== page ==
How vulnerable is our transport fuel supply?

The smalltalk of government and corporate leaders masks a potential crisis in the supply of liquid fuels in Australia. [6 March 2012 | Peter Boyer]

Fading memories: the first production Holden, over half a century old. PHOTO NATIONAL LIBRARY OF AUSTRALIA

Fading memories: the first production Holden, over half a century old. IMAGE: NATIONAL LIBRARY OF AUSTRALIA

Tasmanians should be shielded from rising petrol prices, says RACT spokesman Vince Taskunas, who thinks retailers have kept the cost of this vital commodity artificially high.

His views about local retailers may be well-founded, but he’s doomed to be disappointed. As Meryl Naidoo reported in the Mercury last week, the world oil market is headed upward. This global trend is ultimately way beyond the capacity of Tasmanian retailers to absorb.

Knowing that no-one likes to pay more for petrol, the RACT no doubt feels it has to say these things to look after members’ interests. But it would be good if once in a while it put its collective mind to what’s happening out in the wider world to cause this financial discomfort.

After decades of denial by governments and oil corporations, in recent years both the Pentagon and the UK Energy Research Centre have said we’re entering a period of oil scarcity, a view echoed in warnings from the International Energy Agency and the International Monetary Fund.

What they were referring to was the phenomenon of “peak oil” — the point in time when the extraction of oil, a finite resource, reaches its maximum rate before beginning an inevitable decline.

A couple of significant scientific studies — including a paper in the prestigious journal Nature — have determined that peak oil is both real and a significant policy challenge for governments everywhere. Chinese scientists, for instance, have warned of dire consequences for China if it fails to prepare for the impact of peak oil.

There’s the rub: besides being a physical phenomenon, peak oil is also an economic issue. “Economic peak oil” is the point at which the cost of supply exceeds the price economies can pay without destroying growth.

Some economists say economic peak oil is a myth because high prices are an incentive to develop more expensive sources, such as oil from tar sands, shale and coal. Alan Kohler argued on the ABC’s “The Drum” last week that the great shale oil rush in the US was “the death of peak oil”.

This is a big claim. We know that extracting oil from Canada’s tar sands will lay waste to huge swathes of forested land. We’re now learning that shale oil extraction also has big environmental issues attached — and a much bigger carbon footprint than was first thought.

The environmental consequences of our desperate hunt for cheap energy should be uppermost in all our minds, but I have to be realistic here. The fact is they’re not. Much more pressing to most of us is the financial bottom line, which will finally determine the viability of alternative oil sources.

Kohler’s assessment assumes that that economies around the world, including our own, will always be strong enough to afford higher prices. I don’t think that’s a very safe bet.

A lot of unanswered questions continue to swirl around the issue of liquid fuel security despite several recent assessments, including a Tasmanian government one overdue for public release.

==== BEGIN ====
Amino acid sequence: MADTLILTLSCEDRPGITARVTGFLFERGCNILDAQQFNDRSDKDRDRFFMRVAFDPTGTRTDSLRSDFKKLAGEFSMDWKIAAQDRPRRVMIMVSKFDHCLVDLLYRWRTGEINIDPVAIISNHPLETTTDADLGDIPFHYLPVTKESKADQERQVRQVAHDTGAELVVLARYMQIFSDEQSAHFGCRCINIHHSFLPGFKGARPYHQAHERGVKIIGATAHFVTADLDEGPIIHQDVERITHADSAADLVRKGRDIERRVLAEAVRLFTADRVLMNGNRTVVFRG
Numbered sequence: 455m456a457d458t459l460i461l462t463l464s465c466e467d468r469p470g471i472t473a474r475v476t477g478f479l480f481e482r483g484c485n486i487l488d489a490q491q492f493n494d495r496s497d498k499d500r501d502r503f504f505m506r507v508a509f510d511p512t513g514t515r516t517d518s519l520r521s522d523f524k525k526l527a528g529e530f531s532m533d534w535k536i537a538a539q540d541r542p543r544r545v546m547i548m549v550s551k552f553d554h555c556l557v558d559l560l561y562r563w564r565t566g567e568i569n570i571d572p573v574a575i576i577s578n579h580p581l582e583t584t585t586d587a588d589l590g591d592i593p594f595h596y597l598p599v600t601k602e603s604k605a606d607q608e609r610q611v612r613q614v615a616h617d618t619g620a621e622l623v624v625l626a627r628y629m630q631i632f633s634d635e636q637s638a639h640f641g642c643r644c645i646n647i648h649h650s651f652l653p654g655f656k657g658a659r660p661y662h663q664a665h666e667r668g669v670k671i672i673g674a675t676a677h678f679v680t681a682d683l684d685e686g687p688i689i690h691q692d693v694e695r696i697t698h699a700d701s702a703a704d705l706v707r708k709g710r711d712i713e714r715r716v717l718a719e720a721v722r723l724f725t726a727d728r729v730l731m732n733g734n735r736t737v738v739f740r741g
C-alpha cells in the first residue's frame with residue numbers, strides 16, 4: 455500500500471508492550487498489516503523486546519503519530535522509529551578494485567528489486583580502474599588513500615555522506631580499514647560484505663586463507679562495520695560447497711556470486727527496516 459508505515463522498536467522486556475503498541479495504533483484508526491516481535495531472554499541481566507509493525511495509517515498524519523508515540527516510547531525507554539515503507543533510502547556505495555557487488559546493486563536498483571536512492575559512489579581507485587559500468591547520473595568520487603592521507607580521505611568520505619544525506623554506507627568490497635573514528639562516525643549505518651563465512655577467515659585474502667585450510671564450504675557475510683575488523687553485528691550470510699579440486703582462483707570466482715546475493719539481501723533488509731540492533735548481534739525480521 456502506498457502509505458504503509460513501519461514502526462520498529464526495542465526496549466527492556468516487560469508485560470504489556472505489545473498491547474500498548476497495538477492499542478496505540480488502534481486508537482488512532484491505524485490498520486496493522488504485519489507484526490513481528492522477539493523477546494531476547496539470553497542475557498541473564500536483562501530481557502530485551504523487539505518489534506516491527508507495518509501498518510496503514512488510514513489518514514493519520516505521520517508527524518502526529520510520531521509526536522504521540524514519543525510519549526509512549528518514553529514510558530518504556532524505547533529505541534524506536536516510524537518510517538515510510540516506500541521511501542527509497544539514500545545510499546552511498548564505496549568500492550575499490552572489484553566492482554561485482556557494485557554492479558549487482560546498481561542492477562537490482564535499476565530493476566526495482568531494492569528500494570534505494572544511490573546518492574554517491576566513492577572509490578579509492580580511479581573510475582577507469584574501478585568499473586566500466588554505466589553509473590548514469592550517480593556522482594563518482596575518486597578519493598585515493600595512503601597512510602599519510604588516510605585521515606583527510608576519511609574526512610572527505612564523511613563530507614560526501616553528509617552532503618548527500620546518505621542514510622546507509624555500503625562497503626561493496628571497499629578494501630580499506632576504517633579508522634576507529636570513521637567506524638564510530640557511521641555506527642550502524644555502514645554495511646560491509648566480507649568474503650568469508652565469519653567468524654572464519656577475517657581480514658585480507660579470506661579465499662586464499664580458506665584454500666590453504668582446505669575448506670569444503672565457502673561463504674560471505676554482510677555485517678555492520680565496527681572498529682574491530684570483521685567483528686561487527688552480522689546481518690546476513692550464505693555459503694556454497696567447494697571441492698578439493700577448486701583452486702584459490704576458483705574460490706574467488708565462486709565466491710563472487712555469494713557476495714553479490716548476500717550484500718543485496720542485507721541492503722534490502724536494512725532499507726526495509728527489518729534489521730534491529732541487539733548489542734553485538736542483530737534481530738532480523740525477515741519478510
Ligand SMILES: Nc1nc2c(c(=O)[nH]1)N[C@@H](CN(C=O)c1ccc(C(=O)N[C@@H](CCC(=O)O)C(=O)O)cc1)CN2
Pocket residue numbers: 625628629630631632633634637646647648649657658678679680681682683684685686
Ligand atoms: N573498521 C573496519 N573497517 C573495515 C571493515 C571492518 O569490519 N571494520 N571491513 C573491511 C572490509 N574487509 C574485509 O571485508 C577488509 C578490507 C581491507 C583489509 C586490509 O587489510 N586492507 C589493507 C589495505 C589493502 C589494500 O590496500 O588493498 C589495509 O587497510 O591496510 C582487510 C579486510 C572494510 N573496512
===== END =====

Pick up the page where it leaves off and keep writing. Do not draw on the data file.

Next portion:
A big one is the impact on fuel security of the loss of nearly half Australia’s oil refining capacity with the projected closure of four refineries over the next couple of years. Shell and Exxon-Mobil have already announced closures, and Caltex is expected to announce two more later this year.

A report on Australia’s liquid fuel vulnerability drew attention late last year to a potential bottleneck in supply around 2014. This will be resolved only when new Asian refineries, with lower labour costs and greater economies of scale compared to their Australian counterparts, begin production from 2015.

The report, prepared by economic consultants ACIL Tasman for the National Energy Security Assessment, also found flaws in government petroleum data, such as double-counting of fuel stocks, which could create a false sense of security.

Like the RACT, governments appear blissfully unaware of supply concerns like these. Energy Minister Martin Ferguson’s reassurance that refinery closures are just a commercial matter flies in the face of industry assertions that fuel security demands a strong domestic refining capacity.

So often we hear these voices of “authority” appearing as an echo of the era when the family “big six” was all the go and regular discoveries of massive oilfields seemed to guarantee fuel supplies for centuries.

Australians beg to differ, and they’ve said so in the most effective way possible. In 2011, according to the Federal Chamber of Automotive Industries, car buyers turned massively away from six-cylinder icons of times past and opted for small, fuel-efficient cars.

The top-selling car model in Australia last year was the two-litre Mazda 3, edging out Australia’s long-time market leader, the 3.0L Holden Commodore.

Among the eight biggest-selling sedan models, sales of vehicles with 2.0L or smaller engines were three times those of the “Big Three”, Commodore, Camry and Falcon, whose sales were down by a whopping 20 per cent on 2010. One of them, Falcon, dropped by a third.

Let’s not get ahead of ourselves. Considering the energy involved in making and shipping new cars, replacing your old Holden Commodore with a brand new Mazda doesn’t do a lot for your carbon footprint.

But I prefer to see the glass half full. Our choice of smaller vehicles is a sign that something’s getting through.

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